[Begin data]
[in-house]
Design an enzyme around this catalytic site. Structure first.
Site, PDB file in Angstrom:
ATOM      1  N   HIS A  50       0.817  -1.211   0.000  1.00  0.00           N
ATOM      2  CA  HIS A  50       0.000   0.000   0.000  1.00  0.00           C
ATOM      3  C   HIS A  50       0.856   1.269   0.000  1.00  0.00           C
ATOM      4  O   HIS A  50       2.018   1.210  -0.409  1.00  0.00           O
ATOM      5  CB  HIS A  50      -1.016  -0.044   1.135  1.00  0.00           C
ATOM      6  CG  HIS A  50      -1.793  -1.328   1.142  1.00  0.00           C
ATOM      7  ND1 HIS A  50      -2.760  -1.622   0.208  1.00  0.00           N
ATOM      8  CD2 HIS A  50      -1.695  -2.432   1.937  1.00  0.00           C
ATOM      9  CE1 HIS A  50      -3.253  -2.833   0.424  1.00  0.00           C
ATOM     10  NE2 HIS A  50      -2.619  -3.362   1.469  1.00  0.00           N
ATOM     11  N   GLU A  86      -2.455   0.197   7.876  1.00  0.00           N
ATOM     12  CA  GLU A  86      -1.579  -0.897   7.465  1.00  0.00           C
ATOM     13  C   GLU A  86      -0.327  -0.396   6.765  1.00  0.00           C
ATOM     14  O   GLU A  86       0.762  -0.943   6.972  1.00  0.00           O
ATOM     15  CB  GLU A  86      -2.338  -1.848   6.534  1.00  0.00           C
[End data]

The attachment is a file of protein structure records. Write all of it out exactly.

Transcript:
[in-house]
Design an enzyme around this catalytic site. Structure first.
Site, PDB file in Angstrom:
ATOM      1  N   HIS A  50       0.817  -1.211   0.000  1.00  0.00           N
ATOM      2  CA  HIS A  50       0.000   0.000   0.000  1.00  0.00           C
ATOM      3  C   HIS A  50       0.856   1.269   0.000  1.00  0.00           C
ATOM      4  O   HIS A  50       2.018   1.210  -0.409  1.00  0.00           O
ATOM      5  CB  HIS A  50      -1.016  -0.044   1.135  1.00  0.00           C
ATOM      6  CG  HIS A  50      -1.793  -1.328   1.142  1.00  0.00           C
ATOM      7  ND1 HIS A  50      -2.760  -1.622   0.208  1.00  0.00           N
ATOM      8  CD2 HIS A  50      -1.695  -2.432   1.937  1.00  0.00           C
ATOM      9  CE1 HIS A  50      -3.253  -2.833   0.424  1.00  0.00           C
ATOM     10  NE2 HIS A  50      -2.619  -3.362   1.469  1.00  0.00           N
ATOM     11  N   GLU A  86      -2.455   0.197   7.876  1.00  0.00           N
ATOM     12  CA  GLU A  86      -1.579  -0.897   7.465  1.00  0.00           C
ATOM     13  C   GLU A  86      -0.327  -0.396   6.765  1.00  0.00           C
ATOM     14  O   GLU A  86       0.762  -0.943   6.972  1.00  0.00           O
ATOM     15  CB  GLU A  86      -2.338  -1.848   6.534  1.00  0.00           C